Taksim Square and Tarlabaşı
Taksim Square, the central shopping and tourist district of Istanbul.
Moving downhill from Tarlabaşı you move through Galata, a slightly more quirky and intimate tourist neighborhood.
The Galata and Atatürk bridges
Spanning the Golden Horn and connecting the Karaköy neighborhood with the Eminönü are two large bridges, the Galata and Atatürk.
Eminönü and Sultanahmet
Eminönü and Sultanahmet are where many of the main tourist attractions are.
Perhaps the most famous building in Istanbul.
Right next door to the Hagia Sophia is the Blue Mosque or the Sultan Ahmed Mosque.
In the center of Eminönü is one of the largest and oldest covered markets in the world.
This underground cistern was created by Emperor Justinian in 532 to provide water to the palace.
Built for Constantine to house chariot racing.
The palace or the sultan from 1453 through the 19th century.
Istanbul Archaeology Museums
Essentially a celebration of grave robbery.
As you cross the Galata bridge, immediately to your right you’ll see a large mosque on the hill above you.
Galata Mevlevihanesi Müzesi and the whirling Dervishes
The Dervish are a sect of the Suni Muslims mystics who followed the 13th century Persian poet, Islamic theologian, and Sufi mystic Jalāl ad-Dīn Muhammad Rūmī (or Mevlânâ).
Chora Church / Kariye Museum
A late Byzantine church with outstanding mosaics.
The street food and cuisine of Istanbul are next level.
Katy’s birthday and New Year’s
Katy’s birthday is New Year’s Eve so we decided to book a pub crawl for the night which turned out to be perfect. We made a bunch of new friends and Katy got to bring in the New Year right, mainly dancing it up on a rooftop dancefloor with a flaming birthday cake and adoring fans. We jumped ship sometime just before 2am while we were changing bars.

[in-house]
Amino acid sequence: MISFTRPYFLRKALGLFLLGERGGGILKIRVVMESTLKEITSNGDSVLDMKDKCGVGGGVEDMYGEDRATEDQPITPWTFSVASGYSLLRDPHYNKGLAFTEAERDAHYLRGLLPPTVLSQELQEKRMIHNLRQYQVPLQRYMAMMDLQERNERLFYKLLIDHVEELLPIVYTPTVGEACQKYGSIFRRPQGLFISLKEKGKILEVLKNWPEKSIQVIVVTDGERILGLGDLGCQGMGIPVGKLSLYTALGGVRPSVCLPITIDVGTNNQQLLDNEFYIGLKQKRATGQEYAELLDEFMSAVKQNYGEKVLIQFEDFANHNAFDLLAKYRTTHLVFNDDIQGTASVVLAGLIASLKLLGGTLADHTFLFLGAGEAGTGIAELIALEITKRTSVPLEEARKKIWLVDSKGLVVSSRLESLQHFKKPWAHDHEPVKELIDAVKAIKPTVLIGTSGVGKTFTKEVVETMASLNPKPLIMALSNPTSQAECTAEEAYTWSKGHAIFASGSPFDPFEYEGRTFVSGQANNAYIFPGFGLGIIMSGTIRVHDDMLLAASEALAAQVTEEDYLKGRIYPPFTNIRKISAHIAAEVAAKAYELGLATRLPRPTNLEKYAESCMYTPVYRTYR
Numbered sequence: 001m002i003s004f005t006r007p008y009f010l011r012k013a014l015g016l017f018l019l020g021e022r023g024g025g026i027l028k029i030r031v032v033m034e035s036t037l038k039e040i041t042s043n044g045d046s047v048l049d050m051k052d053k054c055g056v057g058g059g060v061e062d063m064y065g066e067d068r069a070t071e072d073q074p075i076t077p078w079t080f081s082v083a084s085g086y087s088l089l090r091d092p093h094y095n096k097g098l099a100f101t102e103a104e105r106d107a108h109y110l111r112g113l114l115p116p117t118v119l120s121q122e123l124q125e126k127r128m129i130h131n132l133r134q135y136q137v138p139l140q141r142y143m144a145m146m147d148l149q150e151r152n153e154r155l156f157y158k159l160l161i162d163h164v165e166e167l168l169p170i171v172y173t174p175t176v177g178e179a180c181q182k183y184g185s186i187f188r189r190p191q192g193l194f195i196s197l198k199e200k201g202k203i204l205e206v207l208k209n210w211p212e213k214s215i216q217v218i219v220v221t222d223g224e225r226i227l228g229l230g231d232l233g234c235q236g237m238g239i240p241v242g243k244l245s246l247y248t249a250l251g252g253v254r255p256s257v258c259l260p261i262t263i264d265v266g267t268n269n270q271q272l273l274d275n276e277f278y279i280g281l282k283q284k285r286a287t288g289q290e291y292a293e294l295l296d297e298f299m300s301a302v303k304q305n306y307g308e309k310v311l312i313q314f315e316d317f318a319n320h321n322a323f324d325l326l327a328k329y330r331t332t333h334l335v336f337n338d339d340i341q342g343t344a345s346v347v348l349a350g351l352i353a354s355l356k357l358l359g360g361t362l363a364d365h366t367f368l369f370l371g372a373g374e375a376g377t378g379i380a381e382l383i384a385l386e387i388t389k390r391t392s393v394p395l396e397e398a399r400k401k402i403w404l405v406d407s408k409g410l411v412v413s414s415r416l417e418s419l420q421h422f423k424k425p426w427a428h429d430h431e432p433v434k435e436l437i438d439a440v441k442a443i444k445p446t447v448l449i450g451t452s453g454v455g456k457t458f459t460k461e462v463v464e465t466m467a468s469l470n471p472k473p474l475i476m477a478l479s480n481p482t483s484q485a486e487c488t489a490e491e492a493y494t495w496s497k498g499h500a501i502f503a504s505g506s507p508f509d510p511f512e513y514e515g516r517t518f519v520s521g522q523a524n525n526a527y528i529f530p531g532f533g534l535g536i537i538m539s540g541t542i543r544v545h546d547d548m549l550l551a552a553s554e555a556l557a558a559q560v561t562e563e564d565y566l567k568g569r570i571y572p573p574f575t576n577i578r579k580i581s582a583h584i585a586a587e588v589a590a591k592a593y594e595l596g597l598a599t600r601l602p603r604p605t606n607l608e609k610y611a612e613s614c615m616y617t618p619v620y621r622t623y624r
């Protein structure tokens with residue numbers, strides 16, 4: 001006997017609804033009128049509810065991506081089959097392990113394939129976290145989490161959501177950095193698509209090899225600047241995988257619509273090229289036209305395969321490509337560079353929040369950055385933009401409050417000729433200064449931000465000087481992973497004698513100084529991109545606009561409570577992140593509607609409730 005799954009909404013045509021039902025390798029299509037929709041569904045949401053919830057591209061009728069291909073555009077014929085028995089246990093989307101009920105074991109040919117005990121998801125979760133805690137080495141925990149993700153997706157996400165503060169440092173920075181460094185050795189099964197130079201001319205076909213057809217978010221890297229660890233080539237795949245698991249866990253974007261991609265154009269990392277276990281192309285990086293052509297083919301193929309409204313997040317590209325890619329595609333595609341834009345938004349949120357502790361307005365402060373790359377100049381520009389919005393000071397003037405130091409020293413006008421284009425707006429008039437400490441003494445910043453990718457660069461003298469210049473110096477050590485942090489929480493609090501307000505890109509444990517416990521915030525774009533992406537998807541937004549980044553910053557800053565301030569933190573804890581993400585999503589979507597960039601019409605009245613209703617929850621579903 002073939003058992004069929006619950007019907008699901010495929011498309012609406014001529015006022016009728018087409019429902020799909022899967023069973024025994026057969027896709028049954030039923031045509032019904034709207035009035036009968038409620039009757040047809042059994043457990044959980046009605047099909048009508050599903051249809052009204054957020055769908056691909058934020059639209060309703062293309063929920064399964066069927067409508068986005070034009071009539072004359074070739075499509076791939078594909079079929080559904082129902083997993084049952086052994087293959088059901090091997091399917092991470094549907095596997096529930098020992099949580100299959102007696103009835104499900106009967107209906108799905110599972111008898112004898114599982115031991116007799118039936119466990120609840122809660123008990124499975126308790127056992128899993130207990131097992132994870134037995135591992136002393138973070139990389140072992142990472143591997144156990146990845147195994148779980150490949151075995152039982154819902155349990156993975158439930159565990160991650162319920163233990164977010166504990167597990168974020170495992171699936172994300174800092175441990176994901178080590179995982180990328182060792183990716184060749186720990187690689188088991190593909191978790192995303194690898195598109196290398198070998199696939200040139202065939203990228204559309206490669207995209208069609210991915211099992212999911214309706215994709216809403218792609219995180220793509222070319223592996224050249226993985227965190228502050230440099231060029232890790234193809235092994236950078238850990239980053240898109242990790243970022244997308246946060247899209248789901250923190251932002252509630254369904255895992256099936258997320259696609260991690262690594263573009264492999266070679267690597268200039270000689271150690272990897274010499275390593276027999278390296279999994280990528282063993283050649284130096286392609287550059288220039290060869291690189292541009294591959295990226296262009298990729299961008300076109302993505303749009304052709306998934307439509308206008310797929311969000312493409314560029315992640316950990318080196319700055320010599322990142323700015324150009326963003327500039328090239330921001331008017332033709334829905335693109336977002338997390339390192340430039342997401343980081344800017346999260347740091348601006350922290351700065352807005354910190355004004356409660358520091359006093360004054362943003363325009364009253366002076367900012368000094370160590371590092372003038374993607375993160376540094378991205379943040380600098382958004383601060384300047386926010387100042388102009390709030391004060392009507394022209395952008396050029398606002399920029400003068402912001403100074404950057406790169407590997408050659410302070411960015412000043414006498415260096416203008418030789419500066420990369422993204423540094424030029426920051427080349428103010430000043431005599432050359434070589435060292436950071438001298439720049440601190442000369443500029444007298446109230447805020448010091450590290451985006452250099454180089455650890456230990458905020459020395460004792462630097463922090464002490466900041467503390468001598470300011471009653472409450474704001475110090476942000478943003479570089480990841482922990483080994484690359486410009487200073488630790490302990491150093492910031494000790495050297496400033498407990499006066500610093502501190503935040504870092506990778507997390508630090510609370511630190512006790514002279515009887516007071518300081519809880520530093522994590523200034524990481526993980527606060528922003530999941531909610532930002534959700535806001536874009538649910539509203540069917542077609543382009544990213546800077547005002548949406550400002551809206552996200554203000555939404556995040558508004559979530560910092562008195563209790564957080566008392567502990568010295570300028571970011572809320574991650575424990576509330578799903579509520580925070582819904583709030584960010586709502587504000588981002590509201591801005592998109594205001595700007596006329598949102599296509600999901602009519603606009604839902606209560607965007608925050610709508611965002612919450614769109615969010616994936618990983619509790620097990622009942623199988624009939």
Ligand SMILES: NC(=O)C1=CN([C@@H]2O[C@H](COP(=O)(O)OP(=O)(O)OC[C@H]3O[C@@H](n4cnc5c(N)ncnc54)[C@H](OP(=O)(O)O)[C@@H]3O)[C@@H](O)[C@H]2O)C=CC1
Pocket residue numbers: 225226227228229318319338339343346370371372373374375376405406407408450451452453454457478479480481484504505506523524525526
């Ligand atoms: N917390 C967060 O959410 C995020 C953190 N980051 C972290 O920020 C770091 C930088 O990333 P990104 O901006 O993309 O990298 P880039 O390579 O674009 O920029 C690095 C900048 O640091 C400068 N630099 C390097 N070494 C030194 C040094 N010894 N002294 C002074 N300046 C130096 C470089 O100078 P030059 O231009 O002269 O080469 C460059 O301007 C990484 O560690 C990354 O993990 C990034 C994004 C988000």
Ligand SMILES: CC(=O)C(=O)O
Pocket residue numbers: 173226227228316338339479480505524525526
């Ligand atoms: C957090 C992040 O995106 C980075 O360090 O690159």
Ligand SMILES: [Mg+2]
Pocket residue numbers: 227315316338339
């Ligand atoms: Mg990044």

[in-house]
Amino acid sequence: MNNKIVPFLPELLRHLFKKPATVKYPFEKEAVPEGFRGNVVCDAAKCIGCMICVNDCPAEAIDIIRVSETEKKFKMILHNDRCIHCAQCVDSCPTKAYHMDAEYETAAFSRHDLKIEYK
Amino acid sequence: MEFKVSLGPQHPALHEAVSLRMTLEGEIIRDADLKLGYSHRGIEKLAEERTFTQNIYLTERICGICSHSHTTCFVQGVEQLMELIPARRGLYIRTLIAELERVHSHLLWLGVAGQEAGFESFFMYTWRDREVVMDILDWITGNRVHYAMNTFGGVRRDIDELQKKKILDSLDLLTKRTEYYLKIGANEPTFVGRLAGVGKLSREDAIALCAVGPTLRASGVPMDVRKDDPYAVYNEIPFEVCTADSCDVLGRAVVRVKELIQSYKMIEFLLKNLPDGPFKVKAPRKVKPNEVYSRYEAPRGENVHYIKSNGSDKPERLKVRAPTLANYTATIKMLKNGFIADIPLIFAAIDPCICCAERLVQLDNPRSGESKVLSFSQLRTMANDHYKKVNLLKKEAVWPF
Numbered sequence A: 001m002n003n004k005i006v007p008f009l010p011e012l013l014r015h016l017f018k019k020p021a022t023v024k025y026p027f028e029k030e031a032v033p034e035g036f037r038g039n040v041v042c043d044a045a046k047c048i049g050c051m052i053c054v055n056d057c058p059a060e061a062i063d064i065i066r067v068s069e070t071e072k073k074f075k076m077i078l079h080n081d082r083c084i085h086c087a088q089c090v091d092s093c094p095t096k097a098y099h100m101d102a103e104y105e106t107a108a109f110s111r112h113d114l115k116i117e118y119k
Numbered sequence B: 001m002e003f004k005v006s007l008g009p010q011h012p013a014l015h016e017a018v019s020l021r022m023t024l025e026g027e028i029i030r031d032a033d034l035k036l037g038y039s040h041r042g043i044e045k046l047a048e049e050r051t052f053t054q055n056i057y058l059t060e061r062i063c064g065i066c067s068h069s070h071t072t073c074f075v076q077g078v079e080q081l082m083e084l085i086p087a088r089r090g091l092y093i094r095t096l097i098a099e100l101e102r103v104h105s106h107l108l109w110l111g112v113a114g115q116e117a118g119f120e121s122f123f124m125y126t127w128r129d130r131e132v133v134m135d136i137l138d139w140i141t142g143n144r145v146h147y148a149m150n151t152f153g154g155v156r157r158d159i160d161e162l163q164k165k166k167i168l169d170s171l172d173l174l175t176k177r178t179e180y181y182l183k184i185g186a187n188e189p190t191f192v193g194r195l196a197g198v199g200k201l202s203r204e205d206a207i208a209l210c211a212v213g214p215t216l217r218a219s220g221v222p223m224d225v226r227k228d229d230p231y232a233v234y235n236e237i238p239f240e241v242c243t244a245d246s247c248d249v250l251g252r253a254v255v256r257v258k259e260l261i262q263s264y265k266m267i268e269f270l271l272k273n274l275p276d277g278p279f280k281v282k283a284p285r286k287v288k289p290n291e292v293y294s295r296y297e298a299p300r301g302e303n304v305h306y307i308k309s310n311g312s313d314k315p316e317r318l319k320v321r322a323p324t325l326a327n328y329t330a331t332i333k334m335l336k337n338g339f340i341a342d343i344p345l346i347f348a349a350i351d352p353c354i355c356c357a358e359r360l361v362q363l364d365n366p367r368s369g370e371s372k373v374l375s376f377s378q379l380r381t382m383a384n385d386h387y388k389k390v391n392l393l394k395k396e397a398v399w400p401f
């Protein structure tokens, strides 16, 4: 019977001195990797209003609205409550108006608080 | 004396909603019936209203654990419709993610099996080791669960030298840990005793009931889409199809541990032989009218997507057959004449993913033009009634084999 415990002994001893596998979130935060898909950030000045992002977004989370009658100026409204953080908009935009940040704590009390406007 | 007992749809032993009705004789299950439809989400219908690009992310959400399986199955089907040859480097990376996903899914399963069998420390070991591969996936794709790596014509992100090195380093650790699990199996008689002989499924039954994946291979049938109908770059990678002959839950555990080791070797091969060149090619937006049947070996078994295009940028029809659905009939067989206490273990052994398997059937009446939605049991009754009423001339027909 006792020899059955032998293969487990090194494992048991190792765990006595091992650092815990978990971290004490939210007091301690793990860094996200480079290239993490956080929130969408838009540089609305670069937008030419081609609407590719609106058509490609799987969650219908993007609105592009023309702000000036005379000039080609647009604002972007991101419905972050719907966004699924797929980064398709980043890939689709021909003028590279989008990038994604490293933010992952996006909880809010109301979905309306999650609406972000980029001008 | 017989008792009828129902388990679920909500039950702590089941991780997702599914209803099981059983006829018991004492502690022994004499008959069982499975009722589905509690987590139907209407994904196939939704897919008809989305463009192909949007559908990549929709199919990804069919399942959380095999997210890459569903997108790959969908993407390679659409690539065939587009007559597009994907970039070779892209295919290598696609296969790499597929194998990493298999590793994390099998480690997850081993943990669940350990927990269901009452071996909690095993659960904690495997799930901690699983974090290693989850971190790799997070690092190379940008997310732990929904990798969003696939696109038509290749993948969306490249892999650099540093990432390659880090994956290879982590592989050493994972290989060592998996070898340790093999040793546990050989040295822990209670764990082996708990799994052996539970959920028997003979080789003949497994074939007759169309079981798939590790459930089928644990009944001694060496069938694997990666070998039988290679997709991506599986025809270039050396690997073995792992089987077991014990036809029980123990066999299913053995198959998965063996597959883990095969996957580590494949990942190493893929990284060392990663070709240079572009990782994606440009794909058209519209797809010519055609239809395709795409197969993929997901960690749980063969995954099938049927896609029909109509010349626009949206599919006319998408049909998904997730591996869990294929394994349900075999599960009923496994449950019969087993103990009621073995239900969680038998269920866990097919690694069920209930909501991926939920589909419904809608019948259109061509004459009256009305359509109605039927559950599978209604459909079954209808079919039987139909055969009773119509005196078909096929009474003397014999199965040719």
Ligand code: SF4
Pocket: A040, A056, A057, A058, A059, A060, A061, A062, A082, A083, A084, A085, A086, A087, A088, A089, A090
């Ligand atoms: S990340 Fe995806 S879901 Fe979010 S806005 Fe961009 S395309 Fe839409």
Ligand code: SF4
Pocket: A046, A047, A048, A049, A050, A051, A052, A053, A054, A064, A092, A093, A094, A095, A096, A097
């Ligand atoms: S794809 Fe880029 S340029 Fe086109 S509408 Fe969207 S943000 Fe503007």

A note on the police in Turkey
I’ve been in Turkey for going on 3 weeks now and I haven’t had any problem with the police or experienced any sort of draconian restrictions on my freedom. I didn’t know what to expect. But it was interesting to see the police presence build up in Taksim for New Year’s and the general stance of the city police throughout my time.
The police are everywhere. And unlike your average beat cops in the US, these guys carry machine guns with their finger at the ready at all times. Cop cars would speed through crowded streets with frightening abandon. I’m actually surprised I didn’t see some unattentive tourist fold under the wheels. But it never happened. The police also have a battalion of heavily armored vehicles that look ready for full on combat at any moment. And even these enormous trucks with what look like snow plows on the front, I assume to mow down or through crowds whenever needed. Interesting to see for sure. All I’m saying is I don’t have any plans for stepping out of line any time soon. So at least on me it works just fine.
Note: I don’t advise taking photos of the police wherever you are when travelling. Why invite that hassle?
More Istanbul to come!